The cloud at the horizon of the internet infrastructure
Andreas Baur (University of Tübingen)
Paper short abstract:
The cloud and the trend to cloud computing is changing internet infrastructure and has also effects on data infrastructures. This paper aims at giving answers to the questions that arise thereof, including centralisation and power relations.
Paper long abstract:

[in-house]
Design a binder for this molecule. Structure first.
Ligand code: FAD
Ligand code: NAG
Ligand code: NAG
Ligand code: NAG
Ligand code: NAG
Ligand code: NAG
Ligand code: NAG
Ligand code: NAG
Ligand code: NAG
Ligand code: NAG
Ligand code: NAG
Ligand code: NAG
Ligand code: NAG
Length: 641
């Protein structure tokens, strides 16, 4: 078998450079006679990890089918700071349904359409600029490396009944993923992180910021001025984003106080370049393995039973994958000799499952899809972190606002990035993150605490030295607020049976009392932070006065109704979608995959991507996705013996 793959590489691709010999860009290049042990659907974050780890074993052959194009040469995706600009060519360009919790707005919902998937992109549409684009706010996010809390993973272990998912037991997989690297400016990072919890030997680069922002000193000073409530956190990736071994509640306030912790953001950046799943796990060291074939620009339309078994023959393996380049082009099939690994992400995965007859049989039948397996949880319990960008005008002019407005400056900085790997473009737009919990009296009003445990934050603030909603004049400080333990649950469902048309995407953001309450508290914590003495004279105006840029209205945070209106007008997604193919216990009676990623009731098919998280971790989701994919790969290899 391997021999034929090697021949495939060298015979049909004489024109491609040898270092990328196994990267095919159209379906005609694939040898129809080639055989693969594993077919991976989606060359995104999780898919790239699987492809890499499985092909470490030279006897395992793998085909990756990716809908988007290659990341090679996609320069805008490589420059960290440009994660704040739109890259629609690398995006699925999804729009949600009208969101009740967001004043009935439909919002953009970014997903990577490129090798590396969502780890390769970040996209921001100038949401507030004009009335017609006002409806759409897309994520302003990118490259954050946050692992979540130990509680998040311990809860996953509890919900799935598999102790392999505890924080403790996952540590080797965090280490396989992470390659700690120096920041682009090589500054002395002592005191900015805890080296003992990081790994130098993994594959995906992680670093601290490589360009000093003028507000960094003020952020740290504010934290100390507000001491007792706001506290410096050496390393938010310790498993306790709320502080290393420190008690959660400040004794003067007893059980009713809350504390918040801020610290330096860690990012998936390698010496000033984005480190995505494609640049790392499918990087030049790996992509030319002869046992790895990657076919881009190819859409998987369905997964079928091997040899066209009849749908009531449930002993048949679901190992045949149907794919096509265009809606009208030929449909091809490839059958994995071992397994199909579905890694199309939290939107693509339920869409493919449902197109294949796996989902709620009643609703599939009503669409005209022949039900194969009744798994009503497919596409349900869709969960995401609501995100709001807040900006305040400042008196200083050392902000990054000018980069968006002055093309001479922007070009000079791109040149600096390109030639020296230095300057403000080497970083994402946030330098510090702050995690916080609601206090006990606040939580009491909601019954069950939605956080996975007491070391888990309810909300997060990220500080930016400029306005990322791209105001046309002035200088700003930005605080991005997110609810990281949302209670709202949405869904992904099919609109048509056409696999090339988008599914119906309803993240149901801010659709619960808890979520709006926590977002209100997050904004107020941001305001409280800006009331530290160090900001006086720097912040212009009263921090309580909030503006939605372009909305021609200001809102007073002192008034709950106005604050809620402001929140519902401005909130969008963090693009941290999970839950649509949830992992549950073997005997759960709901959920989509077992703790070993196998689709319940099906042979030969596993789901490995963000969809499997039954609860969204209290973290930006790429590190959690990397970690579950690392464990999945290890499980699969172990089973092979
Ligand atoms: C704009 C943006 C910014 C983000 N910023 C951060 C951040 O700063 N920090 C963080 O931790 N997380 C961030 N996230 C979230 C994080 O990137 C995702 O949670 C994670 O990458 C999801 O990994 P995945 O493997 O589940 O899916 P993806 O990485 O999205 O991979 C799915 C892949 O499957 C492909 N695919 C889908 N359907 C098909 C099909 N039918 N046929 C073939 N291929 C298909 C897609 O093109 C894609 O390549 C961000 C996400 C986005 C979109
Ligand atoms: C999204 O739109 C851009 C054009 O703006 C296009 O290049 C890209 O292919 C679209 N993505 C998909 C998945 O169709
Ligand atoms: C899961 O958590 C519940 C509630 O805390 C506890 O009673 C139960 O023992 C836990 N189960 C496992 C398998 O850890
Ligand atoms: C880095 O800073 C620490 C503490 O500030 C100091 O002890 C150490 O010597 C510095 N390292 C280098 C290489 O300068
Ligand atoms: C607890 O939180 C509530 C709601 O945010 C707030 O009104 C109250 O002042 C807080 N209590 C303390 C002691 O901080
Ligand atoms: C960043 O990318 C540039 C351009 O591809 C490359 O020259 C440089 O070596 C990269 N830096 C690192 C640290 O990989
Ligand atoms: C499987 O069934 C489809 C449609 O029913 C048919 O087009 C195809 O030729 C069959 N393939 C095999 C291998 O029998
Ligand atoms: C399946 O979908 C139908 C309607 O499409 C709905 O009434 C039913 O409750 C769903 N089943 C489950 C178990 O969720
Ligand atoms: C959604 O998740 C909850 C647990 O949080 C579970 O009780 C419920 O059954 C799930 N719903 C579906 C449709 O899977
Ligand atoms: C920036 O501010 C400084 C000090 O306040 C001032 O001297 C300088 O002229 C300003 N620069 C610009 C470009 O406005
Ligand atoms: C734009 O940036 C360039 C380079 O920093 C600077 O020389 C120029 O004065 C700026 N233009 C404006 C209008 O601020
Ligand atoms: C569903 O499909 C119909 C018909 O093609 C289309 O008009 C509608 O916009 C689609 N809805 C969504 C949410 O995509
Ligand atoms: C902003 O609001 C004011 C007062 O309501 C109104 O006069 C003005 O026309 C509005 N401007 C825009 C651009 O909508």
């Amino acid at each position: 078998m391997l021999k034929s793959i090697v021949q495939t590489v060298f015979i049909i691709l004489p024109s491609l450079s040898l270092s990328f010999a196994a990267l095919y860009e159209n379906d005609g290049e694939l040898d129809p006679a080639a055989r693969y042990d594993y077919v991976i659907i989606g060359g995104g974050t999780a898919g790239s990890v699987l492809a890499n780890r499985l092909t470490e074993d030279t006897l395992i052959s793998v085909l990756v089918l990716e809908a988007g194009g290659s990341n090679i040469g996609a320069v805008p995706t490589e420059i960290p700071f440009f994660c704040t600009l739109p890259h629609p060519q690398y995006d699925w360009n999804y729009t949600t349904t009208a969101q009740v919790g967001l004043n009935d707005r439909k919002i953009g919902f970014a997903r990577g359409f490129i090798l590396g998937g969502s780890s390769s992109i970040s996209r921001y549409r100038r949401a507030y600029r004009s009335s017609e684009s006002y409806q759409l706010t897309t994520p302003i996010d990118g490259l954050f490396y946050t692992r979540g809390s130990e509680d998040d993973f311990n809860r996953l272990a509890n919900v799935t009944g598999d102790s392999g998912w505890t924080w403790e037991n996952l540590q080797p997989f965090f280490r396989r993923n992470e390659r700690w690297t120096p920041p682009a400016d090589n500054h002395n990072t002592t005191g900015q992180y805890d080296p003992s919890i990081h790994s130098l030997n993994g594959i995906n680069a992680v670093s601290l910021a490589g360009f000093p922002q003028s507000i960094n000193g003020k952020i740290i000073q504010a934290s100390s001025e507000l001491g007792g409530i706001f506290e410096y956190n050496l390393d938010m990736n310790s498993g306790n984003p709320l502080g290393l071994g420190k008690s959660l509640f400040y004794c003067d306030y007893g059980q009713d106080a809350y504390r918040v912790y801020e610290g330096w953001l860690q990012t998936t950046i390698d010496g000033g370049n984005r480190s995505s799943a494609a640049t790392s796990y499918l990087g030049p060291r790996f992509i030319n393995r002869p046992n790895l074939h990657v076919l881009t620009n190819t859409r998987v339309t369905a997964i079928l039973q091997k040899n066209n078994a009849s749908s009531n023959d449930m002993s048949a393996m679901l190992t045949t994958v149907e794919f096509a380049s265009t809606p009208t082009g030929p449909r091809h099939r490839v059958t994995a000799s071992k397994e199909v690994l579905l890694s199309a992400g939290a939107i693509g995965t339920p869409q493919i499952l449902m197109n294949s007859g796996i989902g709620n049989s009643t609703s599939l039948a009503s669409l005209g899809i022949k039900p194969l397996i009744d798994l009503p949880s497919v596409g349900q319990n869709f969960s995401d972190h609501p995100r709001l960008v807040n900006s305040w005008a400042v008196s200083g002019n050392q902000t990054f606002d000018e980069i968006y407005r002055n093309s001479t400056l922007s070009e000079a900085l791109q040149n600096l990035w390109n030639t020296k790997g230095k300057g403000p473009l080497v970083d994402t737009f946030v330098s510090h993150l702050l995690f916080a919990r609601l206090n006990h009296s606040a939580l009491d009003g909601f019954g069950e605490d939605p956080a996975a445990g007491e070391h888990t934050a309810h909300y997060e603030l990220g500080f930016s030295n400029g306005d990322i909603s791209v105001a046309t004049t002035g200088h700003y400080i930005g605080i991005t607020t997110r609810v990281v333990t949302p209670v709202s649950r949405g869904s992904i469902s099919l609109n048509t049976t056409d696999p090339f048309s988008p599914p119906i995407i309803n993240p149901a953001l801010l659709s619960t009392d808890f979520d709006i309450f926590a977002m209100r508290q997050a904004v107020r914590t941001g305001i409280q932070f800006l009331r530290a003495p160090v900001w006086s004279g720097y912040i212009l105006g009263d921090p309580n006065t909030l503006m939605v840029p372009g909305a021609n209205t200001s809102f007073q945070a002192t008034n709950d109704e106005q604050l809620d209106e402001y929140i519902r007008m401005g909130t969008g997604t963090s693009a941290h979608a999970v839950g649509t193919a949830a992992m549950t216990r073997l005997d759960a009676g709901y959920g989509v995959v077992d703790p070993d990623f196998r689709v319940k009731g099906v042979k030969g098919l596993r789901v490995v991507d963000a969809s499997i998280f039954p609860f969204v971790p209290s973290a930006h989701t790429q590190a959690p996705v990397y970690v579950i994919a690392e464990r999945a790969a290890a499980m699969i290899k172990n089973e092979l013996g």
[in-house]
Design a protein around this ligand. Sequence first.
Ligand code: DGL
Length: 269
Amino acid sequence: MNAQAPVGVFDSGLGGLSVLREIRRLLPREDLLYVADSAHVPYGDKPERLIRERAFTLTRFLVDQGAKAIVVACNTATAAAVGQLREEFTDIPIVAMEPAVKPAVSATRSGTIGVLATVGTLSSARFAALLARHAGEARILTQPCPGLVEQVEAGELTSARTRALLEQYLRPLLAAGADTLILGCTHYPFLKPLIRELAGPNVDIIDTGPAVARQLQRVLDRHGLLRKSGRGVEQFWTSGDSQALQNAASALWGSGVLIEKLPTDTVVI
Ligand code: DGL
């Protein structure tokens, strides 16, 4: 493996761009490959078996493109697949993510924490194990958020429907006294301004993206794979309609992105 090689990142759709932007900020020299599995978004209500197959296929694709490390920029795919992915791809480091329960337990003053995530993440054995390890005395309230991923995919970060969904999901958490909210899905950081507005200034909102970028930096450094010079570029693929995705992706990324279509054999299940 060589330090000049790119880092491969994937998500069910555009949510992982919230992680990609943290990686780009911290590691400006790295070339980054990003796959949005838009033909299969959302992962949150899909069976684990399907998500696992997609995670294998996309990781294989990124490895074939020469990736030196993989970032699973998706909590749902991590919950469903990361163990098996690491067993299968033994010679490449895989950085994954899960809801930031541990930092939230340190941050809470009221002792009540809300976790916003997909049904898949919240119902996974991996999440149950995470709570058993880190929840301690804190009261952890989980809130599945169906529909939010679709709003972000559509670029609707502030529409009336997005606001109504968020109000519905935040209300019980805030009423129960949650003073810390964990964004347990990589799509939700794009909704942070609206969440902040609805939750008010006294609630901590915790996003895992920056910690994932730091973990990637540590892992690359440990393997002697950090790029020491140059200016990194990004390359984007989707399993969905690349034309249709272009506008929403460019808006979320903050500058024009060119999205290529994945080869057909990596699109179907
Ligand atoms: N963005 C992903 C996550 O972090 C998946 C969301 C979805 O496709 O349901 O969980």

The development of the "cloud" has become one of the most important trends of changing IT and data infrastructures and it is still gaining speed. Although most of the developments subsumed under cloud computing are technologically and economically driven, the cloud metaphor and the cloud's inherent changes to the material and technological infrastructures are not neutral. DeNardi's and Musiani's 'governance by infrastructure' assumes purposefully created infrastructure in order to regulate and govern via this technology, i.e. 'frozen governance'. I add to this concept the analysis of diffuse structural and co-constitutive power relations, also engaging with the methodological consequences that this entails. I argue that the trend of cloud computing is characterising a further centralisation of the internet with effects on the control of functionality and data, challenging traditional ideas of government/governance. A core question to be addressed is: how does "the" cloud change power relations with regard to democratic institutions, structures, businesses and society? Trends and changes that can be summarised under the umbrella of increasing cloud usage are related to a "reassortment" of (constitutive) social and power relations between actors, technology and values. Cloud computing leads to the creation of intelligent (data) centres where the computing and storage takes place. Clients such as phones and computers become rather passive displays of the information rendered by the network. This altering of the internet's traditional and emancipatory end-to-end principle is more than a technological change, but creates new dependencies and changes power relations both within and outside of the network.
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